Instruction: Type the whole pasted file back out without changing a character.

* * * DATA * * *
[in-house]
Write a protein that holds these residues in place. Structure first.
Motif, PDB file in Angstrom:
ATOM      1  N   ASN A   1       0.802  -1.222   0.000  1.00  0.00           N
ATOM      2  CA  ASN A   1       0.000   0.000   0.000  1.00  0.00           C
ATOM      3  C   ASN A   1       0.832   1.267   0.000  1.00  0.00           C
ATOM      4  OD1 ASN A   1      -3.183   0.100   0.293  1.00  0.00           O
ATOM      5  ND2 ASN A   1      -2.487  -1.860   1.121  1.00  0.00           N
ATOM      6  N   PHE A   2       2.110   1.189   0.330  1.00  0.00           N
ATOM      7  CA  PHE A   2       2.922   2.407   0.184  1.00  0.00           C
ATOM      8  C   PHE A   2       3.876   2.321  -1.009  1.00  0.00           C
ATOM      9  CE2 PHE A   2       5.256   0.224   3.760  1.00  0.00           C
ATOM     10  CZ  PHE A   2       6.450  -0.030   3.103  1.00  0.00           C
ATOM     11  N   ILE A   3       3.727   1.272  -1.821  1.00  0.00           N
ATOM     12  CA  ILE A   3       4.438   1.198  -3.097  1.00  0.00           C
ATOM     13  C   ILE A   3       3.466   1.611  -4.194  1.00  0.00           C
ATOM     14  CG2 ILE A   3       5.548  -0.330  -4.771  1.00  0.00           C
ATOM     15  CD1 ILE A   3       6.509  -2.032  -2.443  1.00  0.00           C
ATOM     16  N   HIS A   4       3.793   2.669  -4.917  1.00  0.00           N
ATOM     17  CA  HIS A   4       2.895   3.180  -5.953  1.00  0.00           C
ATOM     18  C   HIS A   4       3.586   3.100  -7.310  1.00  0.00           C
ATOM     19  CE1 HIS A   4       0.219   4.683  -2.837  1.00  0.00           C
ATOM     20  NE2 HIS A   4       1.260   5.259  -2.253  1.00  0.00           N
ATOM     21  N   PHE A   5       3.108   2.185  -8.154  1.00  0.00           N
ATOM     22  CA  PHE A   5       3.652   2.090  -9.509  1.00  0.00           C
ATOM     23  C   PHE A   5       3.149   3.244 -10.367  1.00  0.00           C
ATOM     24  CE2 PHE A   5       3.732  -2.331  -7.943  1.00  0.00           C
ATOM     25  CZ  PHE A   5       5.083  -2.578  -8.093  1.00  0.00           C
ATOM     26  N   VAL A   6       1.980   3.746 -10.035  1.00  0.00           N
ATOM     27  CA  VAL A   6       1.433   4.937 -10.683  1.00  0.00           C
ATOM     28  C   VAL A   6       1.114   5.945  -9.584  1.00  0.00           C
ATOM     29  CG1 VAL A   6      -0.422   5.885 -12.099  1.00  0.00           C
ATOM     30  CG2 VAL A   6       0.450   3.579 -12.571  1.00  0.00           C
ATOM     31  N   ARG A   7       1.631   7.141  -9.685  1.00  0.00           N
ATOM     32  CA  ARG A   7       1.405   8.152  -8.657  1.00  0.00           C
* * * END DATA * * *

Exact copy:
[in-house]
Write a protein that holds these residues in place. Structure first.
Motif, PDB file in Angstrom:
ATOM      1  N   ASN A   1       0.802  -1.222   0.000  1.00  0.00           N
ATOM      2  CA  ASN A   1       0.000   0.000   0.000  1.00  0.00           C
ATOM      3  C   ASN A   1       0.832   1.267   0.000  1.00  0.00           C
ATOM      4  OD1 ASN A   1      -3.183   0.100   0.293  1.00  0.00           O
ATOM      5  ND2 ASN A   1      -2.487  -1.860   1.121  1.00  0.00           N
ATOM      6  N   PHE A   2       2.110   1.189   0.330  1.00  0.00           N
ATOM      7  CA  PHE A   2       2.922   2.407   0.184  1.00  0.00           C
ATOM      8  C   PHE A   2       3.876   2.321  -1.009  1.00  0.00           C
ATOM      9  CE2 PHE A   2       5.256   0.224   3.760  1.00  0.00           C
ATOM     10  CZ  PHE A   2       6.450  -0.030   3.103  1.00  0.00           C
ATOM     11  N   ILE A   3       3.727   1.272  -1.821  1.00  0.00           N
ATOM     12  CA  ILE A   3       4.438   1.198  -3.097  1.00  0.00           C
ATOM     13  C   ILE A   3       3.466   1.611  -4.194  1.00  0.00           C
ATOM     14  CG2 ILE A   3       5.548  -0.330  -4.771  1.00  0.00           C
ATOM     15  CD1 ILE A   3       6.509  -2.032  -2.443  1.00  0.00           C
ATOM     16  N   HIS A   4       3.793   2.669  -4.917  1.00  0.00           N
ATOM     17  CA  HIS A   4       2.895   3.180  -5.953  1.00  0.00           C
ATOM     18  C   HIS A   4       3.586   3.100  -7.310  1.00  0.00           C
ATOM     19  CE1 HIS A   4       0.219   4.683  -2.837  1.00  0.00           C
ATOM     20  NE2 HIS A   4       1.260   5.259  -2.253  1.00  0.00           N
ATOM     21  N   PHE A   5       3.108   2.185  -8.154  1.00  0.00           N
ATOM     22  CA  PHE A   5       3.652   2.090  -9.509  1.00  0.00           C
ATOM     23  C   PHE A   5       3.149   3.244 -10.367  1.00  0.00           C
ATOM     24  CE2 PHE A   5       3.732  -2.331  -7.943  1.00  0.00           C
ATOM     25  CZ  PHE A   5       5.083  -2.578  -8.093  1.00  0.00           C
ATOM     26  N   VAL A   6       1.980   3.746 -10.035  1.00  0.00           N
ATOM     27  CA  VAL A   6       1.433   4.937 -10.683  1.00  0.00           C
ATOM     28  C   VAL A   6       1.114   5.945  -9.584  1.00  0.00           C
ATOM     29  CG1 VAL A   6      -0.422   5.885 -12.099  1.00  0.00           C
ATOM     30  CG2 VAL A   6       0.450   3.579 -12.571  1.00  0.00           C
ATOM     31  N   ARG A   7       1.631   7.141  -9.685  1.00  0.00           N
ATOM     32  CA  ARG A   7       1.405   8.152  -8.657  1.00  0.00           C